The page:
We compared the shopping experiences at Neiman Marcus and Saks Fifth Avenue stores in New York City - and the winner features old-school arcade games and a test kitchen
Rachel Askinasi/Business Insider, Katie Warren/Business Insider
- We compared the New York City flagship stores of two luxury retailers: Neiman Marcus and Saks Fifth Avenue.
- While Saks has been on 5th Avenue between 49th and 50th Streets since 1924, according to the company, Neiman Marcus opened in the new $25 billion neighborhood of Hudson Yards in March 2019.
- The 5th Avenue space has 10 floors packed with merchandise, two eateries, and several vendors offering different spa services.
- Neiman Marcus spans a much smaller three floors but offers a full-service salon, three eateries, a grooming station, arcade games, a pop-up florist, and a performance space.
- The Manhattan veteran has the edge when it comes to variety, but the Hudson Yards newcomer creates an experience so unique that it can't be ignored.
With Neiman Marcus now on the island of Manhattan ...
... we decided to compare the shopping experience there with its fellow upscale department store, Saks Fifth Avenue, to see which was better.
The first difference comes down to location. Neiman Marcus is located in the new Hudson Yards neighborhood on 30th Street and 10th Avenue.
Surrounded by the Vessel, — a climbable structure built in the neighborhood — the northernmost end of the Highline, ...
... public garden spaces, and residential buildings, there's certainly a lot to do pre- or post-Neiman shop.
Saks is located slightly farther uptown and a few avenues east on 49th Street and 5th Avenue.
Just a few blocks from the even more luxurious Bergdorf Goodman, ...
... Saks is on the cusp of ultra-luxe 5th Ave and more affordable 5th Ave. Stores like H&M, Zara, and Gap are just a few blocks south.
Perhaps the most notable neighbor is New York's Rockefeller Center, located right across the street from the store's 5th Avenue entrance.
It's a tie in the location category since the neighborhoods are so different, and both have so much to offer.
Walking up to Saks, we passed the famous window displays. The store is known for its elaborate windows, particularly during the winter holiday season.
But when we visited, they were making us hungry for summer. This bright display faced Rockefeller Center ...
... while five shoe-focused displays celebrating styles like sneakers, slides, heels, and boots faced 49th Street. Because Neiman Marcus is located in a shopping complex, there are no window displays — Saks takes the cake in this category.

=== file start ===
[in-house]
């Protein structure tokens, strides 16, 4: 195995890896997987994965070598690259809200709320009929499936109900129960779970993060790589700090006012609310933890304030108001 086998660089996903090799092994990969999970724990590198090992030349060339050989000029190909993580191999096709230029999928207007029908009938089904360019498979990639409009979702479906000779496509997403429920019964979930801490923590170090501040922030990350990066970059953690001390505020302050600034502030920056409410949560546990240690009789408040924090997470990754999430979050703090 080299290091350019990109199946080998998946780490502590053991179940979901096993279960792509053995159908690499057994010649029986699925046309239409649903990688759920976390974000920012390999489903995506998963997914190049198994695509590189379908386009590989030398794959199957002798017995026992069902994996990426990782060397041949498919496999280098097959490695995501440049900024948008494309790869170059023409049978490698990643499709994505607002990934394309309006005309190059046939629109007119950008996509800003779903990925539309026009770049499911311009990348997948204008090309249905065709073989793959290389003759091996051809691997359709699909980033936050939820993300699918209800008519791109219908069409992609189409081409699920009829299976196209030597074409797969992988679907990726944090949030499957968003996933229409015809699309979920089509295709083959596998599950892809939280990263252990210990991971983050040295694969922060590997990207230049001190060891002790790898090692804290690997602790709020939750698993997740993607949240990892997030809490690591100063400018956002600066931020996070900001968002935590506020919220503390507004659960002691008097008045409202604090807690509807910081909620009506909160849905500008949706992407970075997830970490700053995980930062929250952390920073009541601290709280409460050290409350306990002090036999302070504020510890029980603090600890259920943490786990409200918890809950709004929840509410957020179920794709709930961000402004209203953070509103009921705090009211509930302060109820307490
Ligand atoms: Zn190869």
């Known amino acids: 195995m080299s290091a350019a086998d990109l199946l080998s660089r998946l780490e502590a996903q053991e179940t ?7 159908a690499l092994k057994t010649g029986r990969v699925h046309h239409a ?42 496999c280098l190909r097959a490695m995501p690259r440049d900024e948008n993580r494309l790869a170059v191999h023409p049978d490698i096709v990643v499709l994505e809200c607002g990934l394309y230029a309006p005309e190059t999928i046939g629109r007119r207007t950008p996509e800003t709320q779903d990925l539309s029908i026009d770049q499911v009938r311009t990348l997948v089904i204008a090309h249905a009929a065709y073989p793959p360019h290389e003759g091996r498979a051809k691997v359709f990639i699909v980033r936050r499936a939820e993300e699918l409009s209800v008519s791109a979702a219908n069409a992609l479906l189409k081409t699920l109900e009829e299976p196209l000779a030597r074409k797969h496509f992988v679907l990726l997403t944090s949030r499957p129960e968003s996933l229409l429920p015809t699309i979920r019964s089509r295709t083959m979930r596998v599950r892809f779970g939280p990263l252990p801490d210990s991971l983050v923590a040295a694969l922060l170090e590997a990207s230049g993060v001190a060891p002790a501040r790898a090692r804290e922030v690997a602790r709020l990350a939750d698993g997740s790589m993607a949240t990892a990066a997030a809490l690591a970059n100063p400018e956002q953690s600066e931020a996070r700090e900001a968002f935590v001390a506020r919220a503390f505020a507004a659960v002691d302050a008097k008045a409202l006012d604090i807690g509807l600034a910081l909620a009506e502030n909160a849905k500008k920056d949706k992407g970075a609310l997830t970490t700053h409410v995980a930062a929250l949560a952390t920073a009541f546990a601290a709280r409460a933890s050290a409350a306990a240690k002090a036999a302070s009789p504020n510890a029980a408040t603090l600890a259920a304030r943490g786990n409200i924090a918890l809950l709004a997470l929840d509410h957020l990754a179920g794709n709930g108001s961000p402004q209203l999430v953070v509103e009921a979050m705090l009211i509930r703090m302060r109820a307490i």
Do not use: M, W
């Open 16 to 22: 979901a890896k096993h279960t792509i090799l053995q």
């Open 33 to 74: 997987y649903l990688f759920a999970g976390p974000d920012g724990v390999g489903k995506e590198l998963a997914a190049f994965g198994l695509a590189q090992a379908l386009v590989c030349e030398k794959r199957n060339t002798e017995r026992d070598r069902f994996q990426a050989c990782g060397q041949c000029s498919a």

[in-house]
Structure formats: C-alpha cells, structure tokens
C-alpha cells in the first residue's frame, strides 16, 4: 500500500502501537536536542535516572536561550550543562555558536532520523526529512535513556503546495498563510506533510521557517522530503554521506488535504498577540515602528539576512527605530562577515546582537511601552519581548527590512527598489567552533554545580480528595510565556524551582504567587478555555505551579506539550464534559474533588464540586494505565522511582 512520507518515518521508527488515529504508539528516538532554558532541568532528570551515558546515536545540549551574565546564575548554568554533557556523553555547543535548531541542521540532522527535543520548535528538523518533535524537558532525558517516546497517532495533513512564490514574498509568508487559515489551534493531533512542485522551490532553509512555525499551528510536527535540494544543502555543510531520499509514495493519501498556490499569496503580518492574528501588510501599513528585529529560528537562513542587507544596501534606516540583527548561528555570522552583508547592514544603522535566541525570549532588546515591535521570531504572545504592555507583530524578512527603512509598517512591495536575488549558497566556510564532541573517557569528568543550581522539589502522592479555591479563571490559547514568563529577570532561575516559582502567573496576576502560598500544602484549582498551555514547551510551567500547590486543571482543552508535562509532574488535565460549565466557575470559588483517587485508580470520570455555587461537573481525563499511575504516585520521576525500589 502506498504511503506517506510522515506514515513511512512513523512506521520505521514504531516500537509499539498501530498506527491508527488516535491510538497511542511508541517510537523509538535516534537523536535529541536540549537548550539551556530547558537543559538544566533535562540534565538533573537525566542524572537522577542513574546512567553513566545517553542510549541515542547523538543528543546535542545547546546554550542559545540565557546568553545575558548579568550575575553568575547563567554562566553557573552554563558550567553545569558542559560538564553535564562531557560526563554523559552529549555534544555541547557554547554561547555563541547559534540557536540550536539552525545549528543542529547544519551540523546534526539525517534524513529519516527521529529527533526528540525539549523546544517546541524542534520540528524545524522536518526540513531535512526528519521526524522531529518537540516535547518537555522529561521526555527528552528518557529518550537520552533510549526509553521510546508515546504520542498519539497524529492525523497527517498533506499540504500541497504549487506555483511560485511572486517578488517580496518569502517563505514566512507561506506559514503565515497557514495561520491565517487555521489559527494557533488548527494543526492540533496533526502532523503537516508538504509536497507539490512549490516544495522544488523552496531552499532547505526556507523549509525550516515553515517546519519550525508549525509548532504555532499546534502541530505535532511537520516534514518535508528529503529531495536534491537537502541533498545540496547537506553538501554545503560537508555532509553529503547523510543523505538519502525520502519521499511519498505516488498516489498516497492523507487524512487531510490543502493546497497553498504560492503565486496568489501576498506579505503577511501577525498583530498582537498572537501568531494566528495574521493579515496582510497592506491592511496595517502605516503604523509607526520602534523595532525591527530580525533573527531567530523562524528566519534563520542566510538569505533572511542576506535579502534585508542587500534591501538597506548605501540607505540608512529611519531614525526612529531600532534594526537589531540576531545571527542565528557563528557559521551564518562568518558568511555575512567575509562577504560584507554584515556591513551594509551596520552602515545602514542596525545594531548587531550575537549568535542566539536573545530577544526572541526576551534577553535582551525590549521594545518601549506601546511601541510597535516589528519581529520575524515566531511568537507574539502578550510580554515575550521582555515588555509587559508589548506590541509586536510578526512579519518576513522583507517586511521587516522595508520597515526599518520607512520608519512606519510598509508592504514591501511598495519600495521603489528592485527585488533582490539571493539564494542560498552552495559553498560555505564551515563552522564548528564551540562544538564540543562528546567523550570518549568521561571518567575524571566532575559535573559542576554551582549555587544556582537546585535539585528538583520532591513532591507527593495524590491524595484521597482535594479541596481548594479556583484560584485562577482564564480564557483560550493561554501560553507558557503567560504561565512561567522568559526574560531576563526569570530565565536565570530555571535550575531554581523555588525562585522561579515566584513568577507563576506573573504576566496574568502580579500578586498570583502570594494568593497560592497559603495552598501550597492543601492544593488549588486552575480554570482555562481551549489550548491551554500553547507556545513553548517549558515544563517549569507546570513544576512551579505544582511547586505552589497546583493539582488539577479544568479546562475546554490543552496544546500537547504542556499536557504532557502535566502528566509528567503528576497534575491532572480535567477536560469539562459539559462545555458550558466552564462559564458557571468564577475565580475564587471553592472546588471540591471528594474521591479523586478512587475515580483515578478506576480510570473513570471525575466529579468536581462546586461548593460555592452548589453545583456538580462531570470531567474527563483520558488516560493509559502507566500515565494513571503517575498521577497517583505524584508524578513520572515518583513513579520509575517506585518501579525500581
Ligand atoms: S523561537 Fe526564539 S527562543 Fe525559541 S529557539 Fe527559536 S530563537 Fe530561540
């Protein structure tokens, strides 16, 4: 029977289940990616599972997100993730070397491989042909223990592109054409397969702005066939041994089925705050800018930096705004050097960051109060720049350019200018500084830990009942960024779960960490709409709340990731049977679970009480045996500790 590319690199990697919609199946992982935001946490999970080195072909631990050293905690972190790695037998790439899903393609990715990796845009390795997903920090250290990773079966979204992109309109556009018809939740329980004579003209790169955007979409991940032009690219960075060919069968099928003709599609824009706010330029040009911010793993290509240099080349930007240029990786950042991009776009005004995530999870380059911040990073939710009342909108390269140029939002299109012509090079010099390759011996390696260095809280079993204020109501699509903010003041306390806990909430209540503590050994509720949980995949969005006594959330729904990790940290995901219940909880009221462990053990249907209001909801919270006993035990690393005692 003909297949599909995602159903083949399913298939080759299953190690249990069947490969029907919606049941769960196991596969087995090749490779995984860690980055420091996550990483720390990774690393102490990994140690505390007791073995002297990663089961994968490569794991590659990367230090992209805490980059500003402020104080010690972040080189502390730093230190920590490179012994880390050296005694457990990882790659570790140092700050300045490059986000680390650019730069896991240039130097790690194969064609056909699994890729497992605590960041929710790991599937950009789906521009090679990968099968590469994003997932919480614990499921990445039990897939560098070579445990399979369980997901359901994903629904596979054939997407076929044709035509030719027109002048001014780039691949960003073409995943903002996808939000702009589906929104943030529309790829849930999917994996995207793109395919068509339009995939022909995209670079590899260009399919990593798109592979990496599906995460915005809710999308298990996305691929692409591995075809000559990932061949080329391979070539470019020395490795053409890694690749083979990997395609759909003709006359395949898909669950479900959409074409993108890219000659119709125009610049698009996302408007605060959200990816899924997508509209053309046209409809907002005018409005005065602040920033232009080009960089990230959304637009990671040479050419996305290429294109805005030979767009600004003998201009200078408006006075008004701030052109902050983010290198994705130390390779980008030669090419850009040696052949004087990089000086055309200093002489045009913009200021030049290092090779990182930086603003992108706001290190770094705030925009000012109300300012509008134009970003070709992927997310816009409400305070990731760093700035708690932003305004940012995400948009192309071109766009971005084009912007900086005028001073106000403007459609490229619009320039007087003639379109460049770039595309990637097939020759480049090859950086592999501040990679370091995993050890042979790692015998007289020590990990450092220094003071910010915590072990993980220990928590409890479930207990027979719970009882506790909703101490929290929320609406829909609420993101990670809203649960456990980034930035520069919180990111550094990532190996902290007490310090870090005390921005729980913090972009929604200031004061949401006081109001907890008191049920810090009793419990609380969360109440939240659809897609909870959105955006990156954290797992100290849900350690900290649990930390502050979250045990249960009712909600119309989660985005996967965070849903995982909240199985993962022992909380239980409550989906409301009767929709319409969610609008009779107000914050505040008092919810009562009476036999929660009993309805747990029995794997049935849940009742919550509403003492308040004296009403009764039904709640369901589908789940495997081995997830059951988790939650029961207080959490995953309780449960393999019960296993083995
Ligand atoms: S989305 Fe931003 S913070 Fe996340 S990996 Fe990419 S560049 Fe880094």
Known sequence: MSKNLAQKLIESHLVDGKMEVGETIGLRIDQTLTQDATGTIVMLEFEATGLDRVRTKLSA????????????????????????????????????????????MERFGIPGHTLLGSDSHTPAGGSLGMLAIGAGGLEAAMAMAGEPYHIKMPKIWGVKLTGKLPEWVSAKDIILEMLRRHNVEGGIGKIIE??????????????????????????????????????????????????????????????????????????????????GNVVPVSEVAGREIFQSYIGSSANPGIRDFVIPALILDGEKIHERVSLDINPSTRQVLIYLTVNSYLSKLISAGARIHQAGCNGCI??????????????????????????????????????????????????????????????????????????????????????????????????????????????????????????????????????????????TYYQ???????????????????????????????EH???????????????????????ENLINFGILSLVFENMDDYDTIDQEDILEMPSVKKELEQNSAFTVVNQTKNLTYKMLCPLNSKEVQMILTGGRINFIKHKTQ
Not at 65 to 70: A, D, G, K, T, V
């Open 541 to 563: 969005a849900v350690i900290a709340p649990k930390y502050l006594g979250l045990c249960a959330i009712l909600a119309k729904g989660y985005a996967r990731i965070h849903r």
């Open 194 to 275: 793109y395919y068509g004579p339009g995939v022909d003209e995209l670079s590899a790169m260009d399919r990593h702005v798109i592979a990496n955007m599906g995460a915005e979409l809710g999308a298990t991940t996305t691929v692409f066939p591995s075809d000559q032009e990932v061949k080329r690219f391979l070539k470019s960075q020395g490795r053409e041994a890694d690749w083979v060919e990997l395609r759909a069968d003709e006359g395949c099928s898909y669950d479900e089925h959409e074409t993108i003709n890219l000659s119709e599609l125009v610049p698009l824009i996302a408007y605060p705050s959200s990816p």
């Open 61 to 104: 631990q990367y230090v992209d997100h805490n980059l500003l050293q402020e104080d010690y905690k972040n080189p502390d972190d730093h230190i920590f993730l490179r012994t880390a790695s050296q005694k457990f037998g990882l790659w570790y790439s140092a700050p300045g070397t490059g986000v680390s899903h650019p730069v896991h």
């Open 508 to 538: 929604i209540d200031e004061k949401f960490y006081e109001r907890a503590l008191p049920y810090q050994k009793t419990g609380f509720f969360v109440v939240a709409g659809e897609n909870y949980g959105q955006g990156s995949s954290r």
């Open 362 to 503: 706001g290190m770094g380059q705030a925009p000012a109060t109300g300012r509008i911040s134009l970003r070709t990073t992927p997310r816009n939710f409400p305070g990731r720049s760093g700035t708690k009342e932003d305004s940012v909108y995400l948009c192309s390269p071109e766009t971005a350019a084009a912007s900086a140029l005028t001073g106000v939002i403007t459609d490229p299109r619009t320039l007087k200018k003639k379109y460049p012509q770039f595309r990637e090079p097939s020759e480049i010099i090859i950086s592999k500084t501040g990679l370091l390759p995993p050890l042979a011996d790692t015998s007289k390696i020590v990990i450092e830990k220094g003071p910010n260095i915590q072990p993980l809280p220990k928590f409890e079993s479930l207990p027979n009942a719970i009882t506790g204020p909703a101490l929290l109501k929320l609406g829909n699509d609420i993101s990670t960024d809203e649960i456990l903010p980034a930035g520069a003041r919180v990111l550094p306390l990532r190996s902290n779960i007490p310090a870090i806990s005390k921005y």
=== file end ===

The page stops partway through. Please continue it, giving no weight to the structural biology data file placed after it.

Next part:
It's easy to get lost marveling at the windows outside Saks, but why just look when you can touch as well? So inside the extremely heavy doors we went.
The Saks flagship store has 10 floors — thankfully directories like this one are plentiful.
There weren't as many directories in Neiman Marcus — and the ones we did see were all digital. Saks takes this round with its helpfully excessive signage.
Walking in on the ground floor of Saks, we were surrounded by stalls featuring the works of different luxury design houses and brands. On the perimeter, we passed Fendi, Prada, Bottega Veneta, Chanel, Louis Vuitton, and more.
In the center, there were tables and cases featuring accessories from other brands like Loewe, ...
... The Row, ...
... and Valentino.
There was also a giant clothing and accessories display in the center of the floor, between two crossing escalators clad with rainbow, kaleidoscopic railings.
Unlike Saks, the first floor of Neiman Marcus isn't on the ground floor. It's actually the fifth floor of the Hudson Yards shopping complex.
Accessories hit us first when we walked into this newer store, although they weren't as separated by brand as they were at Saks. There were collections of luxury handbags everywhere ...
... including small, fun bags and clutches by Versace and Balmain.
This first floor of Neiman Marcus features luxury hubs similar to the ones seen in Saks. Chanel, ...
... Saint Laurent, ...
... and Chloé are among the chosen few.
This floor also features an extensive sneaker display.
Meanwhile over at Saks, sneakers live on the eighth floor in a section dubbed 10022-SHOE. But more on that later.
Back at Hudson Yards, beauty and fragrances can be found among the other fifth-floor goods.
But at Saks, this stuff has its own floor. It's just up the escalator from the ground floor and has stations and stations of makeup and fragrances.
Big beauty names like Chanel, Tom Ford, and Kiehl's have their own hubs, similar to the clothing and accessories downstairs.
There are also a few non-Saks-affiliated beauty treatment vendors who have stalls around the floor. Face Gym and Martine de Richeville are just two by-appointment options for shoppers or people in the area looking for a face or body treatment.